However, if you do not know what caused your pet’s reaction, collecting some of the vomit or waste and taking it to the vet can help determine the cause.

Protecting Your Pets from Toxic Plants

Protecting your pets from toxic plants may seem easy, but dogs and cats can be creative when it comes to getting into things that could harm them. Of course, the easiest thing to do would be to keep plants that could be toxic to your pet out of the house.

If that is not possible, thinking through all the ways your pet could get into a plant will help you to prevent any accidents.

  1. Place plants out of reach. With dogs, this is much easier to accomplish. You can place plants on higher surfaces that they cannot reach. With cats, however, this could be tricky as they are more likely to jump on high shelves and tables. If you have space, setting up a pet-free room in your home might be another option for keep those toxic plants away from dogs and cats.
  2. Cover arrangements. Some flowers and plants are simply meant to be put on display, and you do not want to hide them. Consider putting flowers under a glass display case, so that you can still see your beautiful flowers but not put your cat’s life at risk.
  3. Remove fallen leaves and petals. While any part of a plant can be toxic to the pet, you will want to get rid of any leaves or petals that may fall. Accidents can happen, it does not take a big breeze, or even someone walking by a plant, to blow debris onto the floor where a dog or cat could accidentally ingest it.
  4. Crate/Confine your pet when you are not home. When you are at home with your pet, you have a good chance of catching them before they have a chance to encounter a toxic plant. If you are stepping out, no matter how long, it is better to be safe than sorry. Crate or confine your dog to a pet-friendly area, free of toxic plants, while are you are out of the house.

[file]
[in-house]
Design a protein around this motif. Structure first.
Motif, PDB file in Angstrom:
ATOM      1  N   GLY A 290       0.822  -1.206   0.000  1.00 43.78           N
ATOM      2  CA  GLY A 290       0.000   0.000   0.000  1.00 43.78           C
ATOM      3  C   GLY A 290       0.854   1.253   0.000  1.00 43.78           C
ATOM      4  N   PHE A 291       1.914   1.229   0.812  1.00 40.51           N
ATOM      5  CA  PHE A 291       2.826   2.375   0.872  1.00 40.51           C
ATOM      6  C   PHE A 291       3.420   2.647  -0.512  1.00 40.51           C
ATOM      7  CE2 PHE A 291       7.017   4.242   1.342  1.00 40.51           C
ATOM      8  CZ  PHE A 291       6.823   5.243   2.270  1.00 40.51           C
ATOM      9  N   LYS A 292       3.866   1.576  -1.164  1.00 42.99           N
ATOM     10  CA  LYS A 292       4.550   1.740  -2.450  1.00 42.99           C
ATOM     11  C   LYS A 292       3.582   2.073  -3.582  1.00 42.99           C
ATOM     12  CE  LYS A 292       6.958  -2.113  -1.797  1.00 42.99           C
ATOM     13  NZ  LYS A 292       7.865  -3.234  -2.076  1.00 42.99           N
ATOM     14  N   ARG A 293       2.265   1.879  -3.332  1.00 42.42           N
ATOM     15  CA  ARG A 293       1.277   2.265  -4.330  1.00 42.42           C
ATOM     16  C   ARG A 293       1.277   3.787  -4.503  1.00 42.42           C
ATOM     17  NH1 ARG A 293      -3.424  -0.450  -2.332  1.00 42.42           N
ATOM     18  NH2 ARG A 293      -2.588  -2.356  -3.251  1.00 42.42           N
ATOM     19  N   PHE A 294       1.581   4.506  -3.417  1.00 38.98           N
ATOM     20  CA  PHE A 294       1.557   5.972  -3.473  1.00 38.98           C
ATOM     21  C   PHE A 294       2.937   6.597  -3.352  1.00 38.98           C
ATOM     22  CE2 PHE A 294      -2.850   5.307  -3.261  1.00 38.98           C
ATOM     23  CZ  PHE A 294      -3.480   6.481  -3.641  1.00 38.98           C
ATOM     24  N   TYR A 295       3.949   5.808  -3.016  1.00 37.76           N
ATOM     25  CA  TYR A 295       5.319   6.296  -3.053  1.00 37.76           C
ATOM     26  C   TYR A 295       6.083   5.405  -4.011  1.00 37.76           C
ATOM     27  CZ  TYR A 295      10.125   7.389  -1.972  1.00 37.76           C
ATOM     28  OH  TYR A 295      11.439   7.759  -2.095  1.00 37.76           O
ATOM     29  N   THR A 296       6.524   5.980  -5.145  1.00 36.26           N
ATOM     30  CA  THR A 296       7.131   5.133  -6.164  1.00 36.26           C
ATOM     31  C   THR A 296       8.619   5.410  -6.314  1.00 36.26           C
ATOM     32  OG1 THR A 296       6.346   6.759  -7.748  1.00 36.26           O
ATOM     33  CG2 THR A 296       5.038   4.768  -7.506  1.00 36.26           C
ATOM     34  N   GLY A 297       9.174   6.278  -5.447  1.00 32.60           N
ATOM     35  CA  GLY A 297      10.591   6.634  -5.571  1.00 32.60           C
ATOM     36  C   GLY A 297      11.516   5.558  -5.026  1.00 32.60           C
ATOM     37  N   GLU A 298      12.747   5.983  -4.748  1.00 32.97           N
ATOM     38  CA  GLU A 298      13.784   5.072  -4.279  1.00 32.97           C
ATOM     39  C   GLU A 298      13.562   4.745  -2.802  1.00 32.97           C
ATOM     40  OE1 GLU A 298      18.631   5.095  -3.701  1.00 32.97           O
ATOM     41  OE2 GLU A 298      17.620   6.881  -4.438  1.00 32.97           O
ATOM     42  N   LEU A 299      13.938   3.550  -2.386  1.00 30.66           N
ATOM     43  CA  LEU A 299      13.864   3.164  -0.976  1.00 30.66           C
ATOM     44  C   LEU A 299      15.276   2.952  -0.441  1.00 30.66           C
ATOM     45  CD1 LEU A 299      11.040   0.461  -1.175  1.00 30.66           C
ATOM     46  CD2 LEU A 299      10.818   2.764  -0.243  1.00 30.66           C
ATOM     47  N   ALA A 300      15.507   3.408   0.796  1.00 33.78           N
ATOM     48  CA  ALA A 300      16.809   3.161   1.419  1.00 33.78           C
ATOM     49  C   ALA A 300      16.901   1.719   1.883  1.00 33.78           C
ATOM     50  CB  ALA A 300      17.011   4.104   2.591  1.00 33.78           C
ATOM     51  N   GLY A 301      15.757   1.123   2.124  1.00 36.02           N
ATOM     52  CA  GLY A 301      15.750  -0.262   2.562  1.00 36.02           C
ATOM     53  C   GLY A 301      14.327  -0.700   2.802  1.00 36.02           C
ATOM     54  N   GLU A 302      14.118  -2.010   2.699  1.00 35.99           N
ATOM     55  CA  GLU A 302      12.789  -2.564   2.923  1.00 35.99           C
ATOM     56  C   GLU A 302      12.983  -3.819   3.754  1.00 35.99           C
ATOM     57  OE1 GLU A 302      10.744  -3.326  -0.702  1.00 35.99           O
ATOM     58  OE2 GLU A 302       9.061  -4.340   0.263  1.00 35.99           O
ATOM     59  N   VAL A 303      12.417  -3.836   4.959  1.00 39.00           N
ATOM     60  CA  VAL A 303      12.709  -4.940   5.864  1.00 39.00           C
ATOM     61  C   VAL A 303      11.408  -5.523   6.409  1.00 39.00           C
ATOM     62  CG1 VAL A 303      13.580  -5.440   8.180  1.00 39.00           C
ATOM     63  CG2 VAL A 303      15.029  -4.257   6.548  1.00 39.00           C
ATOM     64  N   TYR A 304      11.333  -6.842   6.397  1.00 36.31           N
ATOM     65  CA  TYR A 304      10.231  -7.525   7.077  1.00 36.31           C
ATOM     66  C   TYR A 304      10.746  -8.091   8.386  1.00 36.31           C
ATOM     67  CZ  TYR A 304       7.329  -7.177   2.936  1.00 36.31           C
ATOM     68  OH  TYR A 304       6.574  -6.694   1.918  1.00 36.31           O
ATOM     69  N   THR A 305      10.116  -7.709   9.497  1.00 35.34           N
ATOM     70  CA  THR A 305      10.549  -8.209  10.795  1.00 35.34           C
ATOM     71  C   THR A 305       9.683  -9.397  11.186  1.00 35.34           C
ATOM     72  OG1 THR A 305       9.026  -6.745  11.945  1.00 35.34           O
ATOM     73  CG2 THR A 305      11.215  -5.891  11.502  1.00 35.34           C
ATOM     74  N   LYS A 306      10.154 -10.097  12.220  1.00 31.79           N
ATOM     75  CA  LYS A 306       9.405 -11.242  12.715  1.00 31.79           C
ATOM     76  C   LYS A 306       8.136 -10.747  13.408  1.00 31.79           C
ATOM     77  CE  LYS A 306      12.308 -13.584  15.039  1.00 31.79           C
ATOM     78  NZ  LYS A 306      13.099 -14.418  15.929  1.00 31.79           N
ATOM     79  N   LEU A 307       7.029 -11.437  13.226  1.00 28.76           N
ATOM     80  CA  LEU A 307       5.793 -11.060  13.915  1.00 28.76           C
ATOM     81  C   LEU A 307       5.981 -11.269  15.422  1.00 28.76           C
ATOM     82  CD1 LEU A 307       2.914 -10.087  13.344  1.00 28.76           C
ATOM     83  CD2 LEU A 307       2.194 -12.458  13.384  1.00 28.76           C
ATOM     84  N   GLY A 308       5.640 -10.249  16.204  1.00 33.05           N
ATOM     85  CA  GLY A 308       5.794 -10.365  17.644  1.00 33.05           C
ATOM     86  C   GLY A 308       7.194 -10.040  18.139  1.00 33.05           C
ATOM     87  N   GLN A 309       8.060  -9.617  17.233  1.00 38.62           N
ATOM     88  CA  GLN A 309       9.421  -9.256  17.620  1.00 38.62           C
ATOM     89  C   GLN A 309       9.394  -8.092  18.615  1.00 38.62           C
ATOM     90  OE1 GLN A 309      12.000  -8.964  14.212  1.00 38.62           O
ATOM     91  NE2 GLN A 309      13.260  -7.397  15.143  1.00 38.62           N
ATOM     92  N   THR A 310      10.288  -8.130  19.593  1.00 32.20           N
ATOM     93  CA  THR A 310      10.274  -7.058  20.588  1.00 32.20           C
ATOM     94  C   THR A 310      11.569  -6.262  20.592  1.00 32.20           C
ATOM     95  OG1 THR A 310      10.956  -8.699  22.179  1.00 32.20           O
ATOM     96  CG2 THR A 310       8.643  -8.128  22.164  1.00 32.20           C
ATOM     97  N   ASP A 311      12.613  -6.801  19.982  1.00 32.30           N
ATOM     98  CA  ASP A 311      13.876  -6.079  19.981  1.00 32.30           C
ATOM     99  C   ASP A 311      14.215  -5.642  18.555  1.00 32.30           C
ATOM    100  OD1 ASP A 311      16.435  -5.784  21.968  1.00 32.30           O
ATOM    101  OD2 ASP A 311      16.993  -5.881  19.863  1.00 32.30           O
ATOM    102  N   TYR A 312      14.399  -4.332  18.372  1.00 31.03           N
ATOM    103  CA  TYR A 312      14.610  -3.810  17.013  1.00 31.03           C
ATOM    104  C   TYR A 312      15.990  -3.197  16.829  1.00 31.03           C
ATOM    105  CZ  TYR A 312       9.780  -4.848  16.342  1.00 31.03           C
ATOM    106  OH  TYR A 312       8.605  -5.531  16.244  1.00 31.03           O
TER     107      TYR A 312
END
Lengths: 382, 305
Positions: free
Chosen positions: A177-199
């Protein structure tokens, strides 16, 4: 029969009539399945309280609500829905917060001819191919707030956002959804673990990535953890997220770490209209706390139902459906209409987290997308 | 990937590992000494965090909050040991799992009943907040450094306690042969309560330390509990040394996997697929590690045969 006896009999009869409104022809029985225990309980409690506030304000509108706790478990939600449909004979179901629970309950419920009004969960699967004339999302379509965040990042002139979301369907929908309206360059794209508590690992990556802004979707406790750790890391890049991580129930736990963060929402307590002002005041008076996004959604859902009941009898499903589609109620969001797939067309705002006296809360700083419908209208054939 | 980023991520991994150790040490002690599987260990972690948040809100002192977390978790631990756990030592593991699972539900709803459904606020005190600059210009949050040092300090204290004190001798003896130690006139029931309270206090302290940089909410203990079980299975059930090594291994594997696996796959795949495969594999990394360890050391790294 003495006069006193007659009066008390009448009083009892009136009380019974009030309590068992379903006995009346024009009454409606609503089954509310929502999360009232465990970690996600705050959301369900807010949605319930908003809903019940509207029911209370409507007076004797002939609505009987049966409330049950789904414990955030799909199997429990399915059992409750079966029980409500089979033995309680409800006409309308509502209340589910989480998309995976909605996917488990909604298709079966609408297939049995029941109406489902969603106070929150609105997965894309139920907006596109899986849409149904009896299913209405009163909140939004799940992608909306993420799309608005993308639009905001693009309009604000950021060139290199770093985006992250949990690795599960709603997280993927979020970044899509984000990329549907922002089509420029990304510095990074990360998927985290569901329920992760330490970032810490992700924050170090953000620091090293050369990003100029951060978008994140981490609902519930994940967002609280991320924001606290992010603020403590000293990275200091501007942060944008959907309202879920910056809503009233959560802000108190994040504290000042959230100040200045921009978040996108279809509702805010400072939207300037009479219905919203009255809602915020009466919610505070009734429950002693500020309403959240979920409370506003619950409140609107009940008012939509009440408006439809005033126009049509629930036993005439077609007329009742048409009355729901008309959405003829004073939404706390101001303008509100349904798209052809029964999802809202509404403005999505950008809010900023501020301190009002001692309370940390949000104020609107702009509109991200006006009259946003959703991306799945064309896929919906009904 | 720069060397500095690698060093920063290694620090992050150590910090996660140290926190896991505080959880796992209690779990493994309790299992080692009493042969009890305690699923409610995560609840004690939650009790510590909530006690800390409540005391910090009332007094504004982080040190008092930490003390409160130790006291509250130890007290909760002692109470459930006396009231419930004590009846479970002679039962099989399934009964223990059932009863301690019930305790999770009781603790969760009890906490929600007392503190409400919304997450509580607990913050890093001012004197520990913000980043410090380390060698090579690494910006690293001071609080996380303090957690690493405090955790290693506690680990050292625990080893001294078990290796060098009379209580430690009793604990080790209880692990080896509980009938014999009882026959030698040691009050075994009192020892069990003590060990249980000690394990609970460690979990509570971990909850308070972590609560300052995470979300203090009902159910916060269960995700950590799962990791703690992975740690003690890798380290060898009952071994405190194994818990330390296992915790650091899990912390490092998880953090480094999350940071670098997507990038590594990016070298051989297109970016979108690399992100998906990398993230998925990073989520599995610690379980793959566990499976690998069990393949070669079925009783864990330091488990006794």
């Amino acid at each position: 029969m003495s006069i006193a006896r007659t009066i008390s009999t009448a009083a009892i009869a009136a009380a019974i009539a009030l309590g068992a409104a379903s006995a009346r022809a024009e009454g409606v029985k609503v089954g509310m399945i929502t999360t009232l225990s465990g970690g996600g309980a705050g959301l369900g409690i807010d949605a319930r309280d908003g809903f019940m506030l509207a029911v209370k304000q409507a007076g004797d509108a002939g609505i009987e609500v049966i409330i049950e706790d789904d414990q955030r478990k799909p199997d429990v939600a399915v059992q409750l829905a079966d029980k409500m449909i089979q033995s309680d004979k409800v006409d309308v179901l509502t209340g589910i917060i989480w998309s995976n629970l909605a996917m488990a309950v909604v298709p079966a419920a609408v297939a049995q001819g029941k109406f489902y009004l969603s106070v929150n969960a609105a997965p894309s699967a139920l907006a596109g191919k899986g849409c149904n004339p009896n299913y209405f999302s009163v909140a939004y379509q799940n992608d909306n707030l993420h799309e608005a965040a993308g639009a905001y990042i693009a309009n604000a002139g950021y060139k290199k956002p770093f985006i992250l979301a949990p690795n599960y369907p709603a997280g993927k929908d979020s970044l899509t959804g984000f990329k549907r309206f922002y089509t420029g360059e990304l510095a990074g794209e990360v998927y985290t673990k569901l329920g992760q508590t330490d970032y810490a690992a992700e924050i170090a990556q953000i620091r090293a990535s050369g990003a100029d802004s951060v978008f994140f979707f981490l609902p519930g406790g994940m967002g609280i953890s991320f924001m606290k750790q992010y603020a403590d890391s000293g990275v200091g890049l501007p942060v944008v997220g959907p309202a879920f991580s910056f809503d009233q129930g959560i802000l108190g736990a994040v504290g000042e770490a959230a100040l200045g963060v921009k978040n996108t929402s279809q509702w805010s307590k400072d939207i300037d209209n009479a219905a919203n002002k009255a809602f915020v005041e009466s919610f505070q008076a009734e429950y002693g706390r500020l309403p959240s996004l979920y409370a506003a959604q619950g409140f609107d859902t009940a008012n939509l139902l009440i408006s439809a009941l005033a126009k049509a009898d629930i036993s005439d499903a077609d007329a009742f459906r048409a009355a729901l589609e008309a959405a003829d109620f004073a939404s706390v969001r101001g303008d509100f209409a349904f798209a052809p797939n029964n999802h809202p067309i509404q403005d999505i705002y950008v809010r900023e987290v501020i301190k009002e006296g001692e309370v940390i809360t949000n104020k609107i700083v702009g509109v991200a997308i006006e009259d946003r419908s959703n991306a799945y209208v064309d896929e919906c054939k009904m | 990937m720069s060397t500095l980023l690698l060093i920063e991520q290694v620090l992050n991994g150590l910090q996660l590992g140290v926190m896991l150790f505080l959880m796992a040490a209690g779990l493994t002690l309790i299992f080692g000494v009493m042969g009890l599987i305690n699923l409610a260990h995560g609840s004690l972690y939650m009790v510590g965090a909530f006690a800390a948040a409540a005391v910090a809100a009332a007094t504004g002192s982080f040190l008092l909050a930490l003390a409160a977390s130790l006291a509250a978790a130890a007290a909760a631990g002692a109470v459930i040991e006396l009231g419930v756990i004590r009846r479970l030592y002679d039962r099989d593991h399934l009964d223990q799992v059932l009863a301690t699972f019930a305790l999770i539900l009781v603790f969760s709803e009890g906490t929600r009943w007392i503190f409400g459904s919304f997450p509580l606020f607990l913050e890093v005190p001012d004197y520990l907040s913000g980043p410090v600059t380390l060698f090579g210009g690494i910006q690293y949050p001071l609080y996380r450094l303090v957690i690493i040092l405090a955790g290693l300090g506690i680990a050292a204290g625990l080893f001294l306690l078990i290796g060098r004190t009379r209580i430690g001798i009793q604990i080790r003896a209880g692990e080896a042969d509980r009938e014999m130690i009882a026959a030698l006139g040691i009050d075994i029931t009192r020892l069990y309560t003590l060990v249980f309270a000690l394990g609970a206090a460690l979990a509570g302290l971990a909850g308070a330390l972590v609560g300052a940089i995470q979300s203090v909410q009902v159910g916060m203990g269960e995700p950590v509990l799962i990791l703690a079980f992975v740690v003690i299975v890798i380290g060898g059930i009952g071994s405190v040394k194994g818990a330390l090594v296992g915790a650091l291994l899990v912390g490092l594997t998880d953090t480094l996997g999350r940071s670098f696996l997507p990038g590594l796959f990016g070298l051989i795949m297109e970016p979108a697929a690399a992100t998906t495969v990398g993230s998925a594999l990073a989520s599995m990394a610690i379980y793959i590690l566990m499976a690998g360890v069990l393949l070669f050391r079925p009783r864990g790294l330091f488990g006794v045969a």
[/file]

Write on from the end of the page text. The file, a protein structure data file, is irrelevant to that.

5. Use a repellent/deterrent. There are several products that may discourage your dog or cat from entering a certain space. There are natural repellents, along with chemical and electronic ones, that will draw their attention away from the area where they are not allowed or will be off putting to your pet.

Toxic plants can pose a threat to your pets all year long, not just during the spring and summer when flowers and plants are blooming. The holidays are also an especially dangerous time for your pet, with plants like poinsettias and even pine trees being potentially harmful to your cat or dog.

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About Us

Cornerstone Veterinary Hospital of Clifton Park was founded in 1989 as Animal Care Hospital of Clifton Park. We began with 10 employees, 4 of whom are still working with us today. The name “Cornerstone” has special meaning to Dr. Knott and his family, both because it symbolizes their commitment to “faith, family, and then everything else,” and because it promotes the animal hospital as a cornerstone of the Clifton Park community.